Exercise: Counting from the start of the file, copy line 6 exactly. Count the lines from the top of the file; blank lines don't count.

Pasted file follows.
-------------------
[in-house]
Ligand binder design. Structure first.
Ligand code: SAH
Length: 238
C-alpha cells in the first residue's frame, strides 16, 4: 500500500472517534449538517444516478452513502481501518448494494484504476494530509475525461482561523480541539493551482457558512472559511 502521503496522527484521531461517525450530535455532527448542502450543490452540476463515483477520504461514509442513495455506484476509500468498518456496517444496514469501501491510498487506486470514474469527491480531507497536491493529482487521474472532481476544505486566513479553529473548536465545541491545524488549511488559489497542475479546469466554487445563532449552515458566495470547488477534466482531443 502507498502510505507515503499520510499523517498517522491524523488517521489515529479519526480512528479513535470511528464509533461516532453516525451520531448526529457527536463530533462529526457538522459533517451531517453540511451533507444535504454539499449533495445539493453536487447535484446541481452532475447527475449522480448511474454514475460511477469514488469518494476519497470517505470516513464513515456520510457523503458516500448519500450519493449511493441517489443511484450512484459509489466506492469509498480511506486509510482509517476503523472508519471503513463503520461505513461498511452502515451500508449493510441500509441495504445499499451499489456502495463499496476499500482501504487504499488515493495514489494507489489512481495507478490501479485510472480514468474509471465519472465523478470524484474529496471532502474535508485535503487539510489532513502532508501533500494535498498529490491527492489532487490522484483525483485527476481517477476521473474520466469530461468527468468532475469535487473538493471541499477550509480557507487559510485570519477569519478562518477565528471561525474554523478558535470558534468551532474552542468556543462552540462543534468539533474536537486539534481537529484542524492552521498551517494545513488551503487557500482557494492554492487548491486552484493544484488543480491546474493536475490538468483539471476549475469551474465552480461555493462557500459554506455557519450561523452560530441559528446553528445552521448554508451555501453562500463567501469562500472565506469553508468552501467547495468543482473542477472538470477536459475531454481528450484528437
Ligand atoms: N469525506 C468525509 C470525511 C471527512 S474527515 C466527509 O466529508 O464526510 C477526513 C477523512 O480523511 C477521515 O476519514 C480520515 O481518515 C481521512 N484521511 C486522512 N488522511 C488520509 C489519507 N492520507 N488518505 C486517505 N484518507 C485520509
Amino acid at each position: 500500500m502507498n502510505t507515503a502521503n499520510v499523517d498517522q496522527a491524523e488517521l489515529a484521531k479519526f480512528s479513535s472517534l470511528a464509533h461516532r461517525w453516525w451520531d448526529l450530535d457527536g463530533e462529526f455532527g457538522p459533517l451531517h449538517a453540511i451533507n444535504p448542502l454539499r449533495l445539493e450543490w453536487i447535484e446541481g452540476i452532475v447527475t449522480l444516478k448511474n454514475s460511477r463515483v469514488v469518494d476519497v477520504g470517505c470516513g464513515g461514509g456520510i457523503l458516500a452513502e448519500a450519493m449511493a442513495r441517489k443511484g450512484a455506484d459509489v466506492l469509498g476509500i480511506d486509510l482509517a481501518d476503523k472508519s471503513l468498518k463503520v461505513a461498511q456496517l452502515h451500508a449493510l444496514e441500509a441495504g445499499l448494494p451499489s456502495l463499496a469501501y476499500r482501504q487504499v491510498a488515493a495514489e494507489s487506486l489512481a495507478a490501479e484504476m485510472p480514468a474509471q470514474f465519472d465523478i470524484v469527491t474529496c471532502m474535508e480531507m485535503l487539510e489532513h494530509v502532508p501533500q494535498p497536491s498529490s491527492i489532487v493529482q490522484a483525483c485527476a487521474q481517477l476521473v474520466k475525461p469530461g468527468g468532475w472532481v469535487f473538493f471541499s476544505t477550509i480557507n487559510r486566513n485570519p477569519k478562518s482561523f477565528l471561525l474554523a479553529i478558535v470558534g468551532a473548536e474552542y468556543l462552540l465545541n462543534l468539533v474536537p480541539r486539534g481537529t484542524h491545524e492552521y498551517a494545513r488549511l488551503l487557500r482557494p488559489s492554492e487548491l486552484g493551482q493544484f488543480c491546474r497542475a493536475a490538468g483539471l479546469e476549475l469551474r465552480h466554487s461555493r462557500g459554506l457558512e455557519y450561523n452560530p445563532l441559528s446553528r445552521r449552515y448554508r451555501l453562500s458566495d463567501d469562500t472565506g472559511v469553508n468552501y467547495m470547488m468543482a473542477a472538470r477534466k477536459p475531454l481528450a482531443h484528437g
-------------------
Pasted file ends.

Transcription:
Ligand atoms: N469525506 C468525509 C470525511 C471527512 S474527515 C466527509 O466529508 O464526510 C477526513 C477523512 O480523511 C477521515 O476519514 C480520515 O481518515 C481521512 N484521511 C486522512 N488522511 C488520509 C489519507 N492520507 N488518505 C486517505 N484518507 C485520509